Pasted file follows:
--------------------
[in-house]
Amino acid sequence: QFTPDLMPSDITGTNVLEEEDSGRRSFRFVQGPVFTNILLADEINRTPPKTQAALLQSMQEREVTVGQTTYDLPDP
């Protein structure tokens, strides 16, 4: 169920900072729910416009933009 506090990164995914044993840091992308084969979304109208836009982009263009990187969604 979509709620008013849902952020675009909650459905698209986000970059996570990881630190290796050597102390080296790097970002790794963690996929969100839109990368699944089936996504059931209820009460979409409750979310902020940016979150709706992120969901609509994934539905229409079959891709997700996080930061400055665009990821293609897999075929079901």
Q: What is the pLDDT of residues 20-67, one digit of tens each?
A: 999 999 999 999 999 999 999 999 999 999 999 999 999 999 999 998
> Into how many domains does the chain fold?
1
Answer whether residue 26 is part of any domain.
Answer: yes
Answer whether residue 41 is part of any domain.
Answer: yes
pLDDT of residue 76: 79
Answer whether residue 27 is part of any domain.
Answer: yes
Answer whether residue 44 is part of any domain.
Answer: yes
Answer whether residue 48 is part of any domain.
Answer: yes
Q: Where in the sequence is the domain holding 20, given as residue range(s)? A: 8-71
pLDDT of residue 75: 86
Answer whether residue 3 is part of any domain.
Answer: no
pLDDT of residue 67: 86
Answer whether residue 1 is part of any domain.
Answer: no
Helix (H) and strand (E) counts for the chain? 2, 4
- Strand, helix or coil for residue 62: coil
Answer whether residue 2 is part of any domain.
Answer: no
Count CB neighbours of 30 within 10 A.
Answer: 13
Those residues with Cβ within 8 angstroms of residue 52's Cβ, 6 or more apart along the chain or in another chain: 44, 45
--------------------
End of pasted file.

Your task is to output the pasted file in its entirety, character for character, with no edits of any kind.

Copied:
[in-house]
Amino acid sequence: QFTPDLMPSDITGTNVLEEEDSGRRSFRFVQGPVFTNILLADEINRTPPKTQAALLQSMQEREVTVGQTTYDLPDP
């Protein structure tokens, strides 16, 4: 169920900072729910416009933009 506090990164995914044993840091992308084969979304109208836009982009263009990187969604 979509709620008013849902952020675009909650459905698209986000970059996570990881630190290796050597102390080296790097970002790794963690996929969100839109990368699944089936996504059931209820009460979409409750979310902020940016979150709706992120969901609509994934539905229409079959891709997700996080930061400055665009990821293609897999075929079901």
Q: What is the pLDDT of residues 20-67, one digit of tens each?
A: 999 999 999 999 999 999 999 999 999 999 999 999 999 999 999 998
> Into how many domains does the chain fold?
1
Answer whether residue 26 is part of any domain.
Answer: yes
Answer whether residue 41 is part of any domain.
Answer: yes
pLDDT of residue 76: 79
Answer whether residue 27 is part of any domain.
Answer: yes
Answer whether residue 44 is part of any domain.
Answer: yes
Answer whether residue 48 is part of any domain.
Answer: yes
Q: Where in the sequence is the domain holding 20, given as residue range(s)? A: 8-71
pLDDT of residue 75: 86
Answer whether residue 3 is part of any domain.
Answer: no
pLDDT of residue 67: 86
Answer whether residue 1 is part of any domain.
Answer: no
Helix (H) and strand (E) counts for the chain? 2, 4
- Strand, helix or coil for residue 62: coil
Answer whether residue 2 is part of any domain.
Answer: no
Count CB neighbours of 30 within 10 A.
Answer: 13
Those residues with Cβ within 8 angstroms of residue 52's Cβ, 6 or more apart along the chain or in another chain: 44, 45